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Feature Article

Farewell over-the-counter codeine: the TGA’s upscheduling of low-dose codeine

JACINTA JOHNSON

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© NASTASIC/ISTOCKPHOTO.COM

Abstract

Low-dose codeine is now a prescription-only medication in Australia. We are highlighting this article, which featured in a recent Medicine Today supplement, as it includes practical tips for managing patients with codeine dependence.

 

Key Points

  • Over-the-counter analgesics and cold and flu preparations that contain low-dose codeine were upscheduled by the TGA to Schedule 4 ‘Prescription Only’ from 1 February 2018.
  • Codeine alone is a poor analgesic, and there is little evidence to show adding low-dose codeine (<30 mg) to nonopioid analgesics provides additional pain relief.
  • Combining simple analgesics (e.g. paracetamol plus ibuprofen) may provide more effective pain relief than adding codeine at higher doses (30 to 60 mg) to paracetamol.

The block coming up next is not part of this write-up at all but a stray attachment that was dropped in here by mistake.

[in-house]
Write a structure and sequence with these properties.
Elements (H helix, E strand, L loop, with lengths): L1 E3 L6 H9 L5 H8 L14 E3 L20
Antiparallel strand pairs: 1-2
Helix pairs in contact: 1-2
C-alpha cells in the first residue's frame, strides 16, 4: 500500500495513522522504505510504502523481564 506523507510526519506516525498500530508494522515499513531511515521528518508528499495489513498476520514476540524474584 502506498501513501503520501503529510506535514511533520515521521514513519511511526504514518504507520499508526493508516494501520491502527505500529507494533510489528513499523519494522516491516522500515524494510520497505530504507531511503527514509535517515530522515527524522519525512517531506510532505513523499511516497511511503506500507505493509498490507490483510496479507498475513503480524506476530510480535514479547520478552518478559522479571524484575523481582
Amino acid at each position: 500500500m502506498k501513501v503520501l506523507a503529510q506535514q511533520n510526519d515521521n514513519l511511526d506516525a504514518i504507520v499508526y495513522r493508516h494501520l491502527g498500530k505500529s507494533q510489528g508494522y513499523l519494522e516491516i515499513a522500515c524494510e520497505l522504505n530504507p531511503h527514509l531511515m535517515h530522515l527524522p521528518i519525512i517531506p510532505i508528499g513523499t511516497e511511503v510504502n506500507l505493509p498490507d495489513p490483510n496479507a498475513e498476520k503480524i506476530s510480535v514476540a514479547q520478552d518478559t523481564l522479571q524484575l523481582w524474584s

• Codeine dependence is a well-recognised problem in Australia, and can cause serious gastrointestinal, renal and hepatic problems, usually due to excessive intake of ibuprofen and paracetamol in codeine-containing combination analgesics.
  • Codeine dependence can be identified by careful questioning regarding recent codeine use patterns, reasons for use and withdrawal symptoms on cessation, and surveillance for signs and symptoms of complications due to overuse of secondary nonopioid analgesics.
  • The TGA resource ‘Tips for talking about codeine: guidance for health professionals with prescribing authority’ provides practical guidance for health professionals when talking to patients about codeine, including tips for discussing rescheduling, ongoing pain management options and codeine dependence.

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© NASTASIC/ISTOCKPHOTO.COM
© NASTASIC/ISTOCKPHOTO.COM